Realize the full-body benefits of weight training for mature adults.
As long as your doctor says it’s okay, incorporating safe and healthy exercises like weight training into our daily lives is one way to promote physical health and wellbeing at any age. From building muscle to improving balance, weight training can be particularly beneficial throughout the aging process. Here are just a few possible weight training benefits for seniors:
- Improves balance and endurance
- Increases strength and muscle mass
- Helps manage weight
- Reduces some age-related symptoms
- Helps improve sleep
Learn more about each of these full-body benefits of weight training below.
Improves your balance and endurance
One benefit of weight training for seniors is improved balance, as noted in this study that identified marked improvements in seniors’ balance after participating in a weight training program. Another study found that weight training impacted endurance levels too. Senior participants could walk almost 40% further than before without a rest after 12 weeks of weight training. Balance and endurance are especially crucial for seniors in reducing fall risk and maintaining independence in the years to come.
Increases strength and muscle mass
A comprehensive weight training program involves all of the major muscles of your body – the chest, back, shoulders, legs, and core. By consistently working these areas, you can build strength and muscle mass, which can help increase your confidence and motivation to continue an exercise program that’s suitable for your body.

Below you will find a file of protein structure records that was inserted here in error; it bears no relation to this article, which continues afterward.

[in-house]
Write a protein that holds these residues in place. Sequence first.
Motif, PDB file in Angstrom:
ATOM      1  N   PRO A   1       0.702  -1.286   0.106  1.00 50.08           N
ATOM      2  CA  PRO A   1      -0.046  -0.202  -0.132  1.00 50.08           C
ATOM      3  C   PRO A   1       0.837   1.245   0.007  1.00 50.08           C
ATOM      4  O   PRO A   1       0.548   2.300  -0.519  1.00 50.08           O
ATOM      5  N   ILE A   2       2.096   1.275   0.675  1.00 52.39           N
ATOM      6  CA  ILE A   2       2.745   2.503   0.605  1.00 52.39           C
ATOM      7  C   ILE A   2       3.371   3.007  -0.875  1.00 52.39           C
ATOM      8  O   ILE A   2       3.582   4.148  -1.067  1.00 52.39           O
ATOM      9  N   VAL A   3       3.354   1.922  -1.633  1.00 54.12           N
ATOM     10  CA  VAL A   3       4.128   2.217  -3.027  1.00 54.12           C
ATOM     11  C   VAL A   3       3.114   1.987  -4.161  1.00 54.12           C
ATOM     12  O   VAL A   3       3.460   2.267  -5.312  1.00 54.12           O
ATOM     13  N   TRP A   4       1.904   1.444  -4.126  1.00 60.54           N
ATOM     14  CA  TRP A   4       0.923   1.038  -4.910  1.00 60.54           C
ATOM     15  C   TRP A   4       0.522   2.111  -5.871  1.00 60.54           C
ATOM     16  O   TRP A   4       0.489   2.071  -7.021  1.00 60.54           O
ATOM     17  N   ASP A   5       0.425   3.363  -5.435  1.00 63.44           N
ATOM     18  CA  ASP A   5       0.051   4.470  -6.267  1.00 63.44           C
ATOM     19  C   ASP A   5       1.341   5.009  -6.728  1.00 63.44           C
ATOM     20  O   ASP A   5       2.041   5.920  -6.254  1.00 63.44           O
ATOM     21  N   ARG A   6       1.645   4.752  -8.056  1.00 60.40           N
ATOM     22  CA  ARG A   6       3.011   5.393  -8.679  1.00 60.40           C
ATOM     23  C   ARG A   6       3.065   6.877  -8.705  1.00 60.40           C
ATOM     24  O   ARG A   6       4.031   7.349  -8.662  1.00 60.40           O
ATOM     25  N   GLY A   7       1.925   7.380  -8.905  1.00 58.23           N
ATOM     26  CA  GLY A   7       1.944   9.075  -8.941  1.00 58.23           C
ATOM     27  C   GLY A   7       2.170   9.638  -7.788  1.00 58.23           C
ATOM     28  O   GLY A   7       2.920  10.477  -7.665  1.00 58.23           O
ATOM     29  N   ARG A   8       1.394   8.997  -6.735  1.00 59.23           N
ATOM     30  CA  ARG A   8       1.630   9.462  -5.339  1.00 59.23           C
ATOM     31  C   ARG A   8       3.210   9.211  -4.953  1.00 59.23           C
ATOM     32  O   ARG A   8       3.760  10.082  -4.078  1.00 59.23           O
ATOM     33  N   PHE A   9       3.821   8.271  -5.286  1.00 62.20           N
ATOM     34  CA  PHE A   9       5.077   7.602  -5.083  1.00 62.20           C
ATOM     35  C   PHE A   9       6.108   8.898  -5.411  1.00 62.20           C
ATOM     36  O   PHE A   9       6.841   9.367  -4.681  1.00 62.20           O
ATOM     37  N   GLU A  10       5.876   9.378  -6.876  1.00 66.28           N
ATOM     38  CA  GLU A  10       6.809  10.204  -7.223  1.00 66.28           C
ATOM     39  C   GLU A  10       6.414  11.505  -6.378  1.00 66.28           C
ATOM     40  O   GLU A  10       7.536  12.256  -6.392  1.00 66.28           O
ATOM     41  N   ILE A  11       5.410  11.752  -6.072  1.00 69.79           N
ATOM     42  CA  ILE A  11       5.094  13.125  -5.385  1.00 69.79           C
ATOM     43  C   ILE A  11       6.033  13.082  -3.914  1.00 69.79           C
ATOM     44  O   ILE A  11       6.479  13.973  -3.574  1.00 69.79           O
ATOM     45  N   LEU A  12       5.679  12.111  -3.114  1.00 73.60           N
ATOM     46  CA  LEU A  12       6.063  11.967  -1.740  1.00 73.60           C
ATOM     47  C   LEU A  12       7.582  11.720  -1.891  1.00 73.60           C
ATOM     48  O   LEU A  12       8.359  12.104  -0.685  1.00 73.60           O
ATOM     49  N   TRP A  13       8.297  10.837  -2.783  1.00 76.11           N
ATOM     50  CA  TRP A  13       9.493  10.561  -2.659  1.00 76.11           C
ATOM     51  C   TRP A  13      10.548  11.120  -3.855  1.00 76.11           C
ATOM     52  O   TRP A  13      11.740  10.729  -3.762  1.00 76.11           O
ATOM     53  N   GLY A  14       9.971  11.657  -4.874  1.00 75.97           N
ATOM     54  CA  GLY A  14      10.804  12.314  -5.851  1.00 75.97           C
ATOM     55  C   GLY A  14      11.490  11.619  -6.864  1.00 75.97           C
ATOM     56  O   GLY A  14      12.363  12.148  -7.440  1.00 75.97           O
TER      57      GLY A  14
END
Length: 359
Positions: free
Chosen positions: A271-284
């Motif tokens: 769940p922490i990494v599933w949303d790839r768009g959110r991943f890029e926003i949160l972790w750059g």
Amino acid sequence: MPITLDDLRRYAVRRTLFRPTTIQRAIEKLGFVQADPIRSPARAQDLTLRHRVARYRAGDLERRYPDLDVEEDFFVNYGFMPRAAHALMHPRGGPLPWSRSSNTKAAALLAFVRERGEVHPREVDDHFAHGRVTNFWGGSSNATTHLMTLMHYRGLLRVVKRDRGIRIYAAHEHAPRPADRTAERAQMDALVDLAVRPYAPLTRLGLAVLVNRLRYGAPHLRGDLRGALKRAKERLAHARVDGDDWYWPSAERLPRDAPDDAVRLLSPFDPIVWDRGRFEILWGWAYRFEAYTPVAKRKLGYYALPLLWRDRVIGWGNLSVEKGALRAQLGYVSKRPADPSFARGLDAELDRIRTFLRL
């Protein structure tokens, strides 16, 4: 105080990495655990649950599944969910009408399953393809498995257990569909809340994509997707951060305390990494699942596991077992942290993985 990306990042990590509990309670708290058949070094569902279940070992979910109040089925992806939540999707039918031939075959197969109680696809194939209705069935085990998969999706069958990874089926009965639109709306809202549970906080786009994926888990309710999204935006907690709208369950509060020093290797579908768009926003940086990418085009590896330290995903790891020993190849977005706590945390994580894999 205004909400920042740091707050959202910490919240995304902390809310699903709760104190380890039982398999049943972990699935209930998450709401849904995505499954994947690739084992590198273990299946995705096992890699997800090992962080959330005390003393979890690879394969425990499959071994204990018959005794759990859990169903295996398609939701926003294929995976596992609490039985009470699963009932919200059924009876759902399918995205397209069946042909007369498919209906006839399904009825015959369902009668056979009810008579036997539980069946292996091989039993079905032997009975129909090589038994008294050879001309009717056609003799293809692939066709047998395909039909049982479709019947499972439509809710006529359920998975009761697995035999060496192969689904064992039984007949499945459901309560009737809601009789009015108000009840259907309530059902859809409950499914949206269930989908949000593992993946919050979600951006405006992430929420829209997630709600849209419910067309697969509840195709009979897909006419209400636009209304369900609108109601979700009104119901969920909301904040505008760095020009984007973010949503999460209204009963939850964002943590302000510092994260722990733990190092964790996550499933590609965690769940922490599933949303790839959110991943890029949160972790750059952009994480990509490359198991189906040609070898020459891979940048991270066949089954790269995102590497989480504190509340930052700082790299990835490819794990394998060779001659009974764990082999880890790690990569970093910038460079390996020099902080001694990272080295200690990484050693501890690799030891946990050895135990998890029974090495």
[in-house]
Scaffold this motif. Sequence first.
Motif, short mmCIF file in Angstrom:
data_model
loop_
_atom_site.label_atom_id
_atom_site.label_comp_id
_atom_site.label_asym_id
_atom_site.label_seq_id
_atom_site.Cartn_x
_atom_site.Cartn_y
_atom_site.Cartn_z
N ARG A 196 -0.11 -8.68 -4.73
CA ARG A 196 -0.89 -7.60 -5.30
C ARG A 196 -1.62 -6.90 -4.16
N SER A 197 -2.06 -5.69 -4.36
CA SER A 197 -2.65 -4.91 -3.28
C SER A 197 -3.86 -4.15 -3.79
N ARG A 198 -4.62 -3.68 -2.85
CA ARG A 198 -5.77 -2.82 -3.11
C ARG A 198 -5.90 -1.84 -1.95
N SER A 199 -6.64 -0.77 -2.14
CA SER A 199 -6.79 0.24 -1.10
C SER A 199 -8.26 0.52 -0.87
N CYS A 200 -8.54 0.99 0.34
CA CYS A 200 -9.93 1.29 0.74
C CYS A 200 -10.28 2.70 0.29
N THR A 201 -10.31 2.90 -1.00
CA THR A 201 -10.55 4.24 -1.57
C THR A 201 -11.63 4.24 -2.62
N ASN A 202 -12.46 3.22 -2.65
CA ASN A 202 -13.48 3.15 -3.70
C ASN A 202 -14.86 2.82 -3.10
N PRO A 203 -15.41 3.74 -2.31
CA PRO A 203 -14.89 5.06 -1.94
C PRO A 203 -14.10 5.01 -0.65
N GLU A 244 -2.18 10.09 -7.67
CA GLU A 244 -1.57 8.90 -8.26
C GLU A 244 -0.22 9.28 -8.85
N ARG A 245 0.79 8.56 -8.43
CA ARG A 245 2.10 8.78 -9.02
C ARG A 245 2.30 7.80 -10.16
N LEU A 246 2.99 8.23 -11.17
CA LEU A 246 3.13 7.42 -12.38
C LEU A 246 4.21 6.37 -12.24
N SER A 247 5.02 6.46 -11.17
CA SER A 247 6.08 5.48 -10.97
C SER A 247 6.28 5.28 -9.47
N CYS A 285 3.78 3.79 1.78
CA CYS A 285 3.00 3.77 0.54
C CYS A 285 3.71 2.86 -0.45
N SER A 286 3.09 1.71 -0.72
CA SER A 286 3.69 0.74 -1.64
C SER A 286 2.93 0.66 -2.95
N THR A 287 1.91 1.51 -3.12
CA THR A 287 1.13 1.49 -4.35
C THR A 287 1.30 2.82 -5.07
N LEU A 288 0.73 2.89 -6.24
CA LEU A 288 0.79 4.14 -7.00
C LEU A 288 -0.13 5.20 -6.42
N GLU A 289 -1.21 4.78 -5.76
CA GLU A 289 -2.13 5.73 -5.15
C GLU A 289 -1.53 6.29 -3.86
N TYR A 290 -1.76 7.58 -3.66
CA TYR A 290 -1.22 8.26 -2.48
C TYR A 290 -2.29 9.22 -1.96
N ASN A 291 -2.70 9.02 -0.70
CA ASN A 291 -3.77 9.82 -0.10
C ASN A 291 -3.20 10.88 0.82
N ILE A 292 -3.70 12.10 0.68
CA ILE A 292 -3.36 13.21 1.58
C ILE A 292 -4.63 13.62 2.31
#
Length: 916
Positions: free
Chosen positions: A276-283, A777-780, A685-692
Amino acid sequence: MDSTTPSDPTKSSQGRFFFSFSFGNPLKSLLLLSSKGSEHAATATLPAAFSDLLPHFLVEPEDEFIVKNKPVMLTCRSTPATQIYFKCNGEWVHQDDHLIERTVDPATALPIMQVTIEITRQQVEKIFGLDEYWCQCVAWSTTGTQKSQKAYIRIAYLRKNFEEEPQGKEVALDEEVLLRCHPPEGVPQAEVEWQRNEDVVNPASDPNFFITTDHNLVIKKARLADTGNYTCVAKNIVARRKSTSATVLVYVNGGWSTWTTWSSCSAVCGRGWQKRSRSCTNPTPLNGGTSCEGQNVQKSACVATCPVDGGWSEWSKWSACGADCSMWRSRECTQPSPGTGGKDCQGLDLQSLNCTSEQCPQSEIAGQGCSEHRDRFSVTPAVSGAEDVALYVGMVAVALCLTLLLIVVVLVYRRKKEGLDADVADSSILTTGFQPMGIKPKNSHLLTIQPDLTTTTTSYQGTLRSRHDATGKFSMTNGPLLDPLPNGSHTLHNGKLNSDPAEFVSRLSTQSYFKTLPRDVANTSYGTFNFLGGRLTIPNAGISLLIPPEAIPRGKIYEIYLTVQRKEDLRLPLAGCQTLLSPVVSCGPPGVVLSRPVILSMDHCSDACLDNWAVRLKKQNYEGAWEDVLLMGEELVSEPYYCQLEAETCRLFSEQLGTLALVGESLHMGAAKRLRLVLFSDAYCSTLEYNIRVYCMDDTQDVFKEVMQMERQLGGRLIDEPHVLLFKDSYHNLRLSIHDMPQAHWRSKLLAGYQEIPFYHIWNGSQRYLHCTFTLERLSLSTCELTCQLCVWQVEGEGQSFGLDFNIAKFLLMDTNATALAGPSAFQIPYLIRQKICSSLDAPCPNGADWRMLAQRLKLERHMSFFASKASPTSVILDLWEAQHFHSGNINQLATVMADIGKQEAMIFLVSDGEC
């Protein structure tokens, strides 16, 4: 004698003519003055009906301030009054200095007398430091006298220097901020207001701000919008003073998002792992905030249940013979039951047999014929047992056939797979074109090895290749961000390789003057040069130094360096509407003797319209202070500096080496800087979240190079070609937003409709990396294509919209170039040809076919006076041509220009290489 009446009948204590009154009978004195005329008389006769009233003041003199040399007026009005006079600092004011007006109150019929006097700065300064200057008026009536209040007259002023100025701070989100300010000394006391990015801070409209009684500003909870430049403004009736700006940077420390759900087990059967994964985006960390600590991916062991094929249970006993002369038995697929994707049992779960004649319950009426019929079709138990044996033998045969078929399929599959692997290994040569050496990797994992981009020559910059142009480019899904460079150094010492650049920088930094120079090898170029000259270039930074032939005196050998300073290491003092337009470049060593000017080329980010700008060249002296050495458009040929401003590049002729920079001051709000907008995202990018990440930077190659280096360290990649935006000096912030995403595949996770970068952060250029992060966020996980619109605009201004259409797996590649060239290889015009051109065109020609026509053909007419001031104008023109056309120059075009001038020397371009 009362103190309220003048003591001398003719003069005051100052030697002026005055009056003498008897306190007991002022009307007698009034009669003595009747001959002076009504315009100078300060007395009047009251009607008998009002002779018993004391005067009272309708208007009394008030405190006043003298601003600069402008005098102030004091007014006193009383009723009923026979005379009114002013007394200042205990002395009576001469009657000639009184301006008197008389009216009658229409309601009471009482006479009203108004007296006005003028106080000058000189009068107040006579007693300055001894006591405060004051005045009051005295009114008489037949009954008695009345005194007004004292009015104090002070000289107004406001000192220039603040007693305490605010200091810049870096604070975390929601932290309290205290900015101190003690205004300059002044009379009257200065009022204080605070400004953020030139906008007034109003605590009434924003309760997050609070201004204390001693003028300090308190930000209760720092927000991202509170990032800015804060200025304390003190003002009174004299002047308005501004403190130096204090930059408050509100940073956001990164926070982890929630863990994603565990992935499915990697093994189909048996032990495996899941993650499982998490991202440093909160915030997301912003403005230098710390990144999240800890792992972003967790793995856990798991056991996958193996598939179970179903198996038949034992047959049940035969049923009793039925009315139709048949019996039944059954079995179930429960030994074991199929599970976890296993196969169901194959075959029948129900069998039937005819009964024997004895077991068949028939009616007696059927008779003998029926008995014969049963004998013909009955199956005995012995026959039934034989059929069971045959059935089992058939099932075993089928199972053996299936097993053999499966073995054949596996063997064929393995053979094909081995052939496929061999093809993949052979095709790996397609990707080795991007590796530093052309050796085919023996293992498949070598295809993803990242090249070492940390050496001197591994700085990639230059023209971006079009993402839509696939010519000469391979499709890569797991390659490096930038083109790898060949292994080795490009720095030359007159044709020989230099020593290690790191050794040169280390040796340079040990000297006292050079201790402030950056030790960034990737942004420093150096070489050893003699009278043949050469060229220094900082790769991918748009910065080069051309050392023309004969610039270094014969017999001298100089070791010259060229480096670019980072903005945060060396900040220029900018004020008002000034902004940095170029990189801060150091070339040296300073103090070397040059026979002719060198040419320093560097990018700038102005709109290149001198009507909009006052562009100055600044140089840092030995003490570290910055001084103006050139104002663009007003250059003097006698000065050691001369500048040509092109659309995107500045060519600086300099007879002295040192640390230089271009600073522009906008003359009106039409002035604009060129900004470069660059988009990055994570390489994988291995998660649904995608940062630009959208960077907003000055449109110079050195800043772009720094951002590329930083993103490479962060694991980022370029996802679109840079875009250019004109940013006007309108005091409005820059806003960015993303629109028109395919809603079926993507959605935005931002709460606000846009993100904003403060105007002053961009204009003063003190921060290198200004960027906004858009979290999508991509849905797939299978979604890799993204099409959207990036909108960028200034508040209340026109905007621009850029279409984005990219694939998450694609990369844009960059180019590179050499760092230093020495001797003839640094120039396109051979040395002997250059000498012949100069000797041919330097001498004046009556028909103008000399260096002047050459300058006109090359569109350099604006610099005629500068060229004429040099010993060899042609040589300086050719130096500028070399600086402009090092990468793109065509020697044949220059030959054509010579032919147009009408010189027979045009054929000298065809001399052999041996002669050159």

Helps you manage weight
While lifting weights may not burn as many calories as a cardio routine, it can help rev up your metabolism. One study in the Journal of Applied Physiology even found that older men and women can increase their metabolism by about 100 calories after only six months of strength training. Combining weight training with a healthy diet that incorporates plenty of fruits and vegetables is a simple and effective way to lose or maintain your weight.
Reduces some age-related symptoms
Weight training may also help reduce the symptoms of age-related arthritis and osteoporosis. By strengthening the muscles, tendons, and ligaments around your joints, you can potentially reduce pain and improve your range of motion.
Helps you sleep better
Weight training also has an impact on your sleep schedule. Some studies suggest that this form of exercise can help seniors sleep longer and better at night. Because adequate sleep does everything from improving your mental health to boosting your immune system, it’s important to get enough Zzzs every night. Find more helpful tips for getting a better night’s sleep on our blog.
With so many weight training benefits for seniors, you may be tempted to get started right away. Before doing so, check with your doctor first. Then, visit your local senior, community, or fitness centers to find a weight training classes or instructor near you. For more health and wellness research and tips, continue to our blog.